8. Development of high sensitivity radon detectors

    CERN Document Server

    Takeuchi, Y; Kajita, T; Tasaka, S; Hori, H; Nemoto, M; Okazawa, H


    High sensitivity detectors for radon in air and in water have been developed. We use electrostatic collection and a PIN photodiode for these detectors. Calibration systems have been also constructed to obtain collection factors. As a result of the calibration study, the absolute humidity dependence of the radon detector for air is clearly observed in the region less than about 1.6 g/m sup 3. The calibration factors of the radon detector for air are 2.2+-0.2 (counts/day)/(mBq/m sup 3) at 0.08 g/m sup 3 and 0.86+-0.06 (counts/day)/(mBq/m sup 3) at 11 g/m sup 3. The calibration factor of the radon detector for water is 3.6+-0.5 (counts/day)/(mBq/m sup 3). The background level of the radon detector for air is 2.4+-1.3 counts/day. As a result, one standard deviation excess of the signal above the background of the radon detector for air should be possible for 1.4 mBq/m sup 3 in a one-day measurement at 0.08 g/m sup 3.

  9. Radon capture with silver exchanged zeolites

    Energy Technology Data Exchange (ETDEWEB)

    Hedstroem, H. [Chalmers Univ. of Technology, Goeteborg (Sweden). Nuclear Chemistry; Foreman, M.; Ekberg, C. [Chalmers Univ. of Technology, Goeteborg (Sweden). Nuclear Chemistry; Chalmers Univ. of Technology, Goeteborg (Sweden). Industrial Materials Recycling; Ramebaeck, H. [Chalmers Univ. of Technology, Goeteborg (Sweden). Nuclear Chemistry; Chalmers Univ. of Technology, Goeteborg (Sweden). Industrial Materials Recycling; Swedish Defence Research Agency (FOI), Division of CBRN Defence and Security, Umeaa (Sweden)


    To enable laboratory work with larger amounts of {sup 226}Ra and its decay products, e.g., {sup 222}Rn and its daughters, these need to be captured in order to avoid unnecessary alpha contamination of the laboratory work space and ventilation systems. In this study, radon gas was pumped through a column filled with the silver exchanged zeolite called 'silver exchanged molecular sieves 13X' (Ag{sub 84}Na{sub 2}[(AlO{sub 2}){sub 86}(SiO{sub 2}){sub 106}].xH{sub 2}O). After exposure to radon, the radioactivity of the zeolite was measured repeatedly using high resolution gamma spectrometry. It was shown that radon was captured and retained in the silver exchanged zeolite. The zeolites' ability to retain radon was decreased by formation of metallic silver, caused by ionizing radiation. However, the zeolite was regenerated by heating and its radon capture ability was restored. The daughters of radon are not in gas phase and will hence stay on the column. (orig.)

  10. Multiple attenuation to reflection seismic data using Radon filter and Wave Equation Multiple Rejection (WEMR) method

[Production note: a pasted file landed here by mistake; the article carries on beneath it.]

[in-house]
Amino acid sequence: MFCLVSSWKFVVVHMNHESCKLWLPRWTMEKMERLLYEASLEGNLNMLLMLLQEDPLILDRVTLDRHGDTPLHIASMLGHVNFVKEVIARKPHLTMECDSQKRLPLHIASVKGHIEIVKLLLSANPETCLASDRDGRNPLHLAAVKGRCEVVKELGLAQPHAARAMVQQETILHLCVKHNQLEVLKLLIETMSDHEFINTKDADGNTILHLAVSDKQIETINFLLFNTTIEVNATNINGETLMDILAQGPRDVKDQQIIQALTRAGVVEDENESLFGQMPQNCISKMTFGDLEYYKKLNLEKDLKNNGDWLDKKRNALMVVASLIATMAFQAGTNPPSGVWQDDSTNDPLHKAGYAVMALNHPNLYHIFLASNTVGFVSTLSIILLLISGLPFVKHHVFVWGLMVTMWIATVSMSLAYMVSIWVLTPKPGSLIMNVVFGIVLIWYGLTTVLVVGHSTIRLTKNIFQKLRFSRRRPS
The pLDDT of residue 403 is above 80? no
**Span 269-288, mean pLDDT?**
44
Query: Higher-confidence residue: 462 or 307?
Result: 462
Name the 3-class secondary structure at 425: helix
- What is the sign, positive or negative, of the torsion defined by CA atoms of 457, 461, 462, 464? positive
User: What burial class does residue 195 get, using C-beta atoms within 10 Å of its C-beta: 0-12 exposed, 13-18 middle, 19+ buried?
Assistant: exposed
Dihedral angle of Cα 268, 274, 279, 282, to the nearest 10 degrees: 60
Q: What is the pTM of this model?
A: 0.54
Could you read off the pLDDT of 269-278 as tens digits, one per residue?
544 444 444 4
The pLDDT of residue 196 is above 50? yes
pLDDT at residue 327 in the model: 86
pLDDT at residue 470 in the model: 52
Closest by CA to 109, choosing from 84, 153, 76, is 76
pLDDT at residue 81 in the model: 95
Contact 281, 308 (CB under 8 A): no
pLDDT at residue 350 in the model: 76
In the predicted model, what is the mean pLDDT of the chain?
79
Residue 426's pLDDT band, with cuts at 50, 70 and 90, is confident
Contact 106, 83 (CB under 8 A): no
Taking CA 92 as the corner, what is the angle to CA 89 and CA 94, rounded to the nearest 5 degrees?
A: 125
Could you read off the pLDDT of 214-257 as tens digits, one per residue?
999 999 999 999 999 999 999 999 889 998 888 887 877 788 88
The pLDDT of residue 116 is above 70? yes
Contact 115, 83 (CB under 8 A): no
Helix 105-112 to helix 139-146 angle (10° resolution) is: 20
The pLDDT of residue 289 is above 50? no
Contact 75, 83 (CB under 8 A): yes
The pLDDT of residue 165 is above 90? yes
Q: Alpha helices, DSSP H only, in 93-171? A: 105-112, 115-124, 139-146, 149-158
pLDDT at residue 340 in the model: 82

Energy Technology Data Exchange (ETDEWEB)

    Erlangga, Mokhammad Puput [Geophysical Engineering, Institut Teknologi Bandung, Ganesha Street no.10 Basic Science B Buliding fl.2-3 Bandung, 40132, West Java Indonesia (Indonesia)


    Separation between signal and noise, incoherent or coherent, is important in seismic data processing. Although we have processed the seismic data, the coherent noise is still mixing with the primary signal. Multiple reflections are a kind of coherent noise. In this research, we processed seismic data to attenuate multiple reflections in the both synthetic and real seismic data of Mentawai. There are several methods to attenuate multiple reflection, one of them is Radon filter method that discriminates between primary reflection and multiple reflection in the τ-p domain based on move out difference between primary reflection and multiple reflection. However, in case where the move out difference is too small, the Radon filter method is not enough to attenuate the multiple reflections. The Radon filter also produces the artifacts on the gathers data. Except the Radon filter method, we also use the Wave Equation Multiple Elimination (WEMR) method to attenuate the long period multiple reflection. The WEMR method can attenuate the long period multiple reflection based on wave equation inversion. Refer to the inversion of wave equation and the magnitude of the seismic wave amplitude that observed on the free surface, we get the water bottom reflectivity which is used to eliminate the multiple reflections. The WEMR method does not depend on the move out difference to attenuate the long period multiple reflection. Therefore, the WEMR method can be applied to the seismic data which has small move out difference as the Mentawai seismic data. The small move out difference on the Mentawai seismic data is caused by the restrictiveness of far offset, which is only 705 meter. We compared the real free multiple stacking data after processing with Radon filter and WEMR process. The conclusion is the WEMR method can more attenuate the long period multiple reflection than the Radon filter method on the real (Mentawai) seismic data.

  11. Application of a radon model to explain indoor radon levels in a Swedish house

    CERN Document Server

    Font, L; Jönsson, G; Enge, W; Ghose, R